Thursday, 14 August 2008

What MMA Fighters Should Know

When MMA first hit the world back in the 1990’s not many people knew what to expect. Was there going to be boxers dominating this free style fighting sport, maybe wrestlers were going to be slamming there opponents around or was the movie style spinning kickers going to prove that they where number one. Certainly not many would have thought that slim, not so powerful submission grapplers would beat all comers, whatever shape or size.

The martial arts world was shocked after the first few UFC’s and everybody rushed to learn grappling, and lucky they did. Grappling is one of the overall pieces in ones fighting arsenal, but it is not the only piece. There are still lots who seem to think that free style fights can be won by knowing either just striking or grappling to an expert level.

During a fight, no one knows what is going to happen. One good strike could be all that is needed to end a fight without having to rely on grappling or maybe an expert grappler will be able to quickly bring another fighter down and in an instant apply an arm bar to finish the fight.

If the above examples happen, then one may think that as long they are an expert in the fighting style they shall always be able to dominate. THIS IS WRONG!

To be a good MMA fighter and to carry a successful record with as many wins possible, you need to know striking and grappling. You may be able to rely on your better skills once or twice, but the time will come when you will have to fight in unfamiliar territory. For a grappler this means, a good striker will eventually learn to keep you away and shall force a striking fight, and for a striker, you will at one time have to grapple on the ground.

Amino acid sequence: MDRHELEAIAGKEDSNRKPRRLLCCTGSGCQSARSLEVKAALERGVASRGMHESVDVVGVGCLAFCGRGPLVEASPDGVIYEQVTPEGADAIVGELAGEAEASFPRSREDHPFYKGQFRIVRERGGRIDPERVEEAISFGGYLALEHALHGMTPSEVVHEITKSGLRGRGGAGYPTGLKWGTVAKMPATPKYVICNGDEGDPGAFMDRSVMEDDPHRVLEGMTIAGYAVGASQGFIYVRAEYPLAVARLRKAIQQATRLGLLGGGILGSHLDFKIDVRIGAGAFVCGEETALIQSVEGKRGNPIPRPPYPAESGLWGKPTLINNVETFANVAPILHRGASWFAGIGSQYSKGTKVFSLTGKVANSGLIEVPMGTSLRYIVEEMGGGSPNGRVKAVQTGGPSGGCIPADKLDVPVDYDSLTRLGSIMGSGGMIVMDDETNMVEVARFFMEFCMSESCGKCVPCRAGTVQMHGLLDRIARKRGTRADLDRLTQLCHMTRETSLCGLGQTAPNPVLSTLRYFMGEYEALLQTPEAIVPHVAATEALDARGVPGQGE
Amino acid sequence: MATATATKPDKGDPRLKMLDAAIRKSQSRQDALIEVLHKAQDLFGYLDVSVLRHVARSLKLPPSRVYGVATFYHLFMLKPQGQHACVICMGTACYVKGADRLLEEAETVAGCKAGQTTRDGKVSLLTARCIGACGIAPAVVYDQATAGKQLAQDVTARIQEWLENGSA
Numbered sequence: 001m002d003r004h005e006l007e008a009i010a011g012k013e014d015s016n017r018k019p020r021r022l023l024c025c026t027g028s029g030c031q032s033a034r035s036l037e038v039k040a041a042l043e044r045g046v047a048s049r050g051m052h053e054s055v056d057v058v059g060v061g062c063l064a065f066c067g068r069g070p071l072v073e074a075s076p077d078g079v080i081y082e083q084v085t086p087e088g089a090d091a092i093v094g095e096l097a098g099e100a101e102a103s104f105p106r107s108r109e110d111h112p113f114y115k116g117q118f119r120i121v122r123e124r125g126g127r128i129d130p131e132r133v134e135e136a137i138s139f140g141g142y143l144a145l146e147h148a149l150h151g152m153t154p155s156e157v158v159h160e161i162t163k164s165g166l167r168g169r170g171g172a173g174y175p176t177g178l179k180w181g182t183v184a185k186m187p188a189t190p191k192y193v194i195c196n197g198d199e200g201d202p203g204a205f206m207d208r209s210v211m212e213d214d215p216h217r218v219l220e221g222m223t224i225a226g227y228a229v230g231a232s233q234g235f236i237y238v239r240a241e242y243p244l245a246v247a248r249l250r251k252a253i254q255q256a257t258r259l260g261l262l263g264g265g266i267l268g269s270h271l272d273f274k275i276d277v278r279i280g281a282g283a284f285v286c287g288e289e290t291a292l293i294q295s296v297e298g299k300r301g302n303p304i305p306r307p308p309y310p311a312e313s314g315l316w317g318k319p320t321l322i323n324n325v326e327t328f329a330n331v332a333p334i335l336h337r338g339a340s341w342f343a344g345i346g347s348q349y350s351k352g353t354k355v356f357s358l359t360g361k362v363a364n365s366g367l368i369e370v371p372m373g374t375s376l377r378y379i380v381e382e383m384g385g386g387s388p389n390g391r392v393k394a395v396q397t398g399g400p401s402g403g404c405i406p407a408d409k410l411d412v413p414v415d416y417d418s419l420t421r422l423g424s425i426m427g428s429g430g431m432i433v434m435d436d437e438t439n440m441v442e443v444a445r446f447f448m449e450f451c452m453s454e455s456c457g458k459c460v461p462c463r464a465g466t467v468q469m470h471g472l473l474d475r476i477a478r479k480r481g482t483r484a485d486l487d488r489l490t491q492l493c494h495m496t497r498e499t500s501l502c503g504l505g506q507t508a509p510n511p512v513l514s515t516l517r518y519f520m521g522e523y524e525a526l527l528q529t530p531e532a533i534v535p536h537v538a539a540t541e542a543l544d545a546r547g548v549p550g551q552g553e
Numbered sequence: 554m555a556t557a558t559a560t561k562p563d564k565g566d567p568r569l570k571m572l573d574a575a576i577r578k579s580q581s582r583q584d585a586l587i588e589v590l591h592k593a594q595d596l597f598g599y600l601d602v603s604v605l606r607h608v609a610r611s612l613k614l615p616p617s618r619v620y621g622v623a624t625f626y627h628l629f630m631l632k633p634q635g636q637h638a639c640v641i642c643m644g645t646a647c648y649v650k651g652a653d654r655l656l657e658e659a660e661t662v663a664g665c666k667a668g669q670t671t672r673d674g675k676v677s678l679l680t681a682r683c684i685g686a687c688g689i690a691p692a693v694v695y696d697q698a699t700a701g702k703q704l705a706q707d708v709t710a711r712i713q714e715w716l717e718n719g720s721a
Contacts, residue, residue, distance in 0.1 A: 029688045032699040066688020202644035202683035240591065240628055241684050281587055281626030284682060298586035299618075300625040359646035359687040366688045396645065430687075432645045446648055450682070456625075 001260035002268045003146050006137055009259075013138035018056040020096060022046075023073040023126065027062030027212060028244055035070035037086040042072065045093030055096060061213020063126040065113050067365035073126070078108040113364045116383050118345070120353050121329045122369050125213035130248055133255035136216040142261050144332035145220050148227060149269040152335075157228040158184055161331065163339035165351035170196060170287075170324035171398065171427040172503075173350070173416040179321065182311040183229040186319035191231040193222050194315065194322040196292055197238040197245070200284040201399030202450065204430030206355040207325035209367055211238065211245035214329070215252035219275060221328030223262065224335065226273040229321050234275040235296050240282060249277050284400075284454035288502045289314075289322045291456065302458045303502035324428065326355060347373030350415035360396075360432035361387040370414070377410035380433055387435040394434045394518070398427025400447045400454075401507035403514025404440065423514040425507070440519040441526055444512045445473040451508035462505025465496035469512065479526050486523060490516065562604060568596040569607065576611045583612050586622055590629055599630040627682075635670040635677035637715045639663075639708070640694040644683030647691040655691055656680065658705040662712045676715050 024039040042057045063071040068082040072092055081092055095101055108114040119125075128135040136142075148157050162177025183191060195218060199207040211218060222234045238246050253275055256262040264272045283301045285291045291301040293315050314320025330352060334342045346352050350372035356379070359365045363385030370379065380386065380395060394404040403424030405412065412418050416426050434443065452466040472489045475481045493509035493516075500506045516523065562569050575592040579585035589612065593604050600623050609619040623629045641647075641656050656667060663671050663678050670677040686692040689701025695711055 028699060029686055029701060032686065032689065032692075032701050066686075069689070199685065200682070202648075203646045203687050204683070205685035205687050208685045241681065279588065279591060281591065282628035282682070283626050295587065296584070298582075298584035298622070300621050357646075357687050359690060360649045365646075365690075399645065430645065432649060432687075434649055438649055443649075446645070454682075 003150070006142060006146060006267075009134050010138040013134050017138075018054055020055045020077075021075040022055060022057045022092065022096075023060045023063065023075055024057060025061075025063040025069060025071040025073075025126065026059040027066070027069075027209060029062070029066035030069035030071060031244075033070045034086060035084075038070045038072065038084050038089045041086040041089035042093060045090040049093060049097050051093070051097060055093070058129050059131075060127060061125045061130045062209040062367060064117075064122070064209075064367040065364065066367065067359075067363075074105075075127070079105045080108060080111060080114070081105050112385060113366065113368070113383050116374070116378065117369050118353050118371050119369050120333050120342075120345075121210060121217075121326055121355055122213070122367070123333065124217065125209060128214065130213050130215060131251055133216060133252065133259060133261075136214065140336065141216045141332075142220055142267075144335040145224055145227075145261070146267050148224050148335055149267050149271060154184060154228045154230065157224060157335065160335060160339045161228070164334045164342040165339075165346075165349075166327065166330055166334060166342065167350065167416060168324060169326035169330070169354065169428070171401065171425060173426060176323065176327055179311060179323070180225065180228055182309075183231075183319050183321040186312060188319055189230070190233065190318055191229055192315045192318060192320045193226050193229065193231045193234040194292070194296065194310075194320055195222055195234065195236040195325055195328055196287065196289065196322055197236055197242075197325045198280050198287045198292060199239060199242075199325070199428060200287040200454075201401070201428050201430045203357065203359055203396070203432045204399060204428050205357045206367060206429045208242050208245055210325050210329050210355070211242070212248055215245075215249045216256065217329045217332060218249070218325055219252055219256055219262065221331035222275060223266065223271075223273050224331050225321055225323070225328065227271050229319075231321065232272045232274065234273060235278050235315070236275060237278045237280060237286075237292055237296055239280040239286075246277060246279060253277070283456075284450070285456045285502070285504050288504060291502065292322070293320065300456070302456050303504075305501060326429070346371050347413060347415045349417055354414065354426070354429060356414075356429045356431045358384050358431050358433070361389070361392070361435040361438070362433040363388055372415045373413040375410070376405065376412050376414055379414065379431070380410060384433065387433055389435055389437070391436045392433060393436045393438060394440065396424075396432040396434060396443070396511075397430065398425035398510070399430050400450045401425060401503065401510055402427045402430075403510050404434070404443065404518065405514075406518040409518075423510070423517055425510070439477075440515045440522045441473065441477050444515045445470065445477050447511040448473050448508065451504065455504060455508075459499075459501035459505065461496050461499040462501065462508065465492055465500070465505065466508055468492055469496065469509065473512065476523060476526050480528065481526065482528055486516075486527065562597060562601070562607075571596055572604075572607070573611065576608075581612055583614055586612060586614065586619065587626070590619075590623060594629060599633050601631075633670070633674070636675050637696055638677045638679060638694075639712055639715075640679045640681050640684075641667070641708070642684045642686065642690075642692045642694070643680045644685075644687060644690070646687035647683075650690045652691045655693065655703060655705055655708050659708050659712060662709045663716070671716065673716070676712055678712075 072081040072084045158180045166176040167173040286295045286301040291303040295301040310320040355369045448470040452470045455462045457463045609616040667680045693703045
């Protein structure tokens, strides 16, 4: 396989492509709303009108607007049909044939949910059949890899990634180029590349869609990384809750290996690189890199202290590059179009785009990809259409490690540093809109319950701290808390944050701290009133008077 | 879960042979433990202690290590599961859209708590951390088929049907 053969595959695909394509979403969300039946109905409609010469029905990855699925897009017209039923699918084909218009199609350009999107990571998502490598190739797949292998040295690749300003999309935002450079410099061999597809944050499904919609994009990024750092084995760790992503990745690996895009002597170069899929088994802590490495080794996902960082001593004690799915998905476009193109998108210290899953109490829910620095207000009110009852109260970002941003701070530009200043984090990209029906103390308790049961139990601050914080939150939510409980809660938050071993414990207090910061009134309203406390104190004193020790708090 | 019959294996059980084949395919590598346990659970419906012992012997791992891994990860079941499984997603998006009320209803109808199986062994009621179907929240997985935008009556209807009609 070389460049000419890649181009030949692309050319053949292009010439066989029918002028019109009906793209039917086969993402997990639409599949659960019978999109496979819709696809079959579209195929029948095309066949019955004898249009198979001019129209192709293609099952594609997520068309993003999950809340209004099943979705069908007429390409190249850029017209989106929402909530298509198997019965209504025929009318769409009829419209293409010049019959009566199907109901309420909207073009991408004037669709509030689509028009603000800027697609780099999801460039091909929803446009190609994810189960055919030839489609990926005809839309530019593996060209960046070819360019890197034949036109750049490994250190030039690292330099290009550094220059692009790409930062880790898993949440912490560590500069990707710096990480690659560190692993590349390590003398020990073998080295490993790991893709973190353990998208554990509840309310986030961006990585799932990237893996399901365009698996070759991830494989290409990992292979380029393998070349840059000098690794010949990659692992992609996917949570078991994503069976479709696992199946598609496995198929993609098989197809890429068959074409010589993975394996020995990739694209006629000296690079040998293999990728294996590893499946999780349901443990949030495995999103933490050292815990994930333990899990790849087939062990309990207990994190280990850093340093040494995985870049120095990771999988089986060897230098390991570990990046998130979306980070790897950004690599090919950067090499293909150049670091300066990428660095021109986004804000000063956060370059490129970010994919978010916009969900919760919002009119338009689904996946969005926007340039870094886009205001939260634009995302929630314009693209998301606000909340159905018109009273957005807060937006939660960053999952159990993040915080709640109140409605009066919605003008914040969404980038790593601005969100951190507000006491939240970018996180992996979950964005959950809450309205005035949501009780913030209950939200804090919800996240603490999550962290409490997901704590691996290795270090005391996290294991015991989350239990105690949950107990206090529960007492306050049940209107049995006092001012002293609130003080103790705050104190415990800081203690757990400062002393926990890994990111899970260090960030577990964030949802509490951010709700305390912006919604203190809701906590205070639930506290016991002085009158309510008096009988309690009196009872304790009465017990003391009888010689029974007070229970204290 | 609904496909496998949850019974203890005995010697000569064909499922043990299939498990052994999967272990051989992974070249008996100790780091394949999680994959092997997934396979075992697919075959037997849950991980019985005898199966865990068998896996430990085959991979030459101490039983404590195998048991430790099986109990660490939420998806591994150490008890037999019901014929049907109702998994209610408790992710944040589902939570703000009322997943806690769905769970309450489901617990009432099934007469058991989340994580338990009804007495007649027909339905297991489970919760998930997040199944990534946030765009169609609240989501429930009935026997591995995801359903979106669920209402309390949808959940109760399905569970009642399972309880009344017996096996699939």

You don’t have to be an expert at everything, but you do need to become efficient in all fighting areas including, punches, kicks, elbows, knees, clinch work, throws, takedowns, and ground fighting including wrestling and submissions.

The reason I state this is because after visiting many martial arts forums, lots of people still say that "BJJ is all you need" or "Muay Thai is all you need". These statements have been proven over the last decade and a half to be wrong and if you would like to become a good MMA fighter you must realise it.


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the fight geek said...

Gotta agree.

You can't be successful in today's MMA scene without a well-rounded game that covers all the ranges. PERIOD.

I'm surprised people are still debating this.


Ralph said...

Agreeing wholeheartedly that striking and wrestling skills are needed for a rounded martial artist, I was shocked when my Karate instructer 3rd Dan said I should only do Karate and not train in Judo as well because they'd interfere with each other. Theres no way I'm quitting Judo just because of his opinion. Makes me wonder where this guy is really coming from.

MARKS said...

I myself started training in Karate and when I reached 2nd kyu after 5 years or so training I started Judo. Even though I had trained in Karate for several years, sometimes I did feel that I weas trying to do to much and at times got confused and even upset at my lack of progression, however I carried out my training in both arts and eventually it all started to come together.

Becuase of my experiences I can see where your teacher is coming from, if you have not been training Karate for long and he does not want you getting confused by tacking too much on. However, if he is telling you to NEVER train another style apart from Karate, then this I dont agree with.

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